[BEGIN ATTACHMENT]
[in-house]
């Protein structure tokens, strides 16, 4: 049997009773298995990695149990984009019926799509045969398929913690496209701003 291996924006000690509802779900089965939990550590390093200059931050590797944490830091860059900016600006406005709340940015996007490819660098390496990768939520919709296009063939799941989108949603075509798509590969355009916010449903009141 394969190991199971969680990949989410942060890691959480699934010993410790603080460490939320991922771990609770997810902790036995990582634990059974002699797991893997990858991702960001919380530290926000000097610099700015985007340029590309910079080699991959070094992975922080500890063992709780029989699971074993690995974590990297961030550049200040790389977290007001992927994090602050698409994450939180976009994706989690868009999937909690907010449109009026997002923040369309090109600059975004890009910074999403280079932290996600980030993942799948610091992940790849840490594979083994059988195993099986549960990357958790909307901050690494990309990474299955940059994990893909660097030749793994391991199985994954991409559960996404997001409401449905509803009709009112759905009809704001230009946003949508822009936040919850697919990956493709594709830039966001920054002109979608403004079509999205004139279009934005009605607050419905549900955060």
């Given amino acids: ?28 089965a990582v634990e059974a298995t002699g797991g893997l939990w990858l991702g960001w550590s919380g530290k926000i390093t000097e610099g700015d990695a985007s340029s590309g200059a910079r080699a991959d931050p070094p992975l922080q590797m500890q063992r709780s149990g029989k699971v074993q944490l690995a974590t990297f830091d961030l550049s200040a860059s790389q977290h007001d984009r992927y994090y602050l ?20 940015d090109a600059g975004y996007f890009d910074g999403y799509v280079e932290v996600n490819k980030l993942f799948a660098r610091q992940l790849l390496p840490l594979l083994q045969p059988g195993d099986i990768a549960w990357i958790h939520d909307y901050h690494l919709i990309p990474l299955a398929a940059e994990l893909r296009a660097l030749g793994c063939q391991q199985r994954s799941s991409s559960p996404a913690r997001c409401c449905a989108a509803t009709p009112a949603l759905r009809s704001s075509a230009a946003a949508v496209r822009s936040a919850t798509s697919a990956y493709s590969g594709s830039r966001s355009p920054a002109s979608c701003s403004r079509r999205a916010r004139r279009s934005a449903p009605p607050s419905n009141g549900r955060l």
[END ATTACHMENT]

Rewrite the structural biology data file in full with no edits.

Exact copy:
[in-house]
């Protein structure tokens, strides 16, 4: 049997009773298995990695149990984009019926799509045969398929913690496209701003 291996924006000690509802779900089965939990550590390093200059931050590797944490830091860059900016600006406005709340940015996007490819660098390496990768939520919709296009063939799941989108949603075509798509590969355009916010449903009141 394969190991199971969680990949989410942060890691959480699934010993410790603080460490939320991922771990609770997810902790036995990582634990059974002699797991893997990858991702960001919380530290926000000097610099700015985007340029590309910079080699991959070094992975922080500890063992709780029989699971074993690995974590990297961030550049200040790389977290007001992927994090602050698409994450939180976009994706989690868009999937909690907010449109009026997002923040369309090109600059975004890009910074999403280079932290996600980030993942799948610091992940790849840490594979083994059988195993099986549960990357958790909307901050690494990309990474299955940059994990893909660097030749793994391991199985994954991409559960996404997001409401449905509803009709009112759905009809704001230009946003949508822009936040919850697919990956493709594709830039966001920054002109979608403004079509999205004139279009934005009605607050419905549900955060």
């Given amino acids: ?28 089965a990582v634990e059974a298995t002699g797991g893997l939990w990858l991702g960001w550590s919380g530290k926000i390093t000097e610099g700015d990695a985007s340029s590309g200059a910079r080699a991959d931050p070094p992975l922080q590797m500890q063992r709780s149990g029989k699971v074993q944490l690995a974590t990297f830091d961030l550049s200040a860059s790389q977290h007001d984009r992927y994090y602050l ?20 940015d090109a600059g975004y996007f890009d910074g999403y799509v280079e932290v996600n490819k980030l993942f799948a660098r610091q992940l790849l390496p840490l594979l083994q045969p059988g195993d099986i990768a549960w990357i958790h939520d909307y901050h690494l919709i990309p990474l299955a398929a940059e994990l893909r296009a660097l030749g793994c063939q391991q199985r994954s799941s991409s559960p996404a913690r997001c409401c449905a989108a509803t009709p009112a949603l759905r009809s704001s075509a230009a946003a949508v496209r822009s936040a919850t798509s697919a990956y493709s590969g594709s830039r966001s355009p920054a002109s979608c701003s403004r079509r999205a916010r004139r279009s934005a449903p009605p607050s419905n009141g549900r955060l």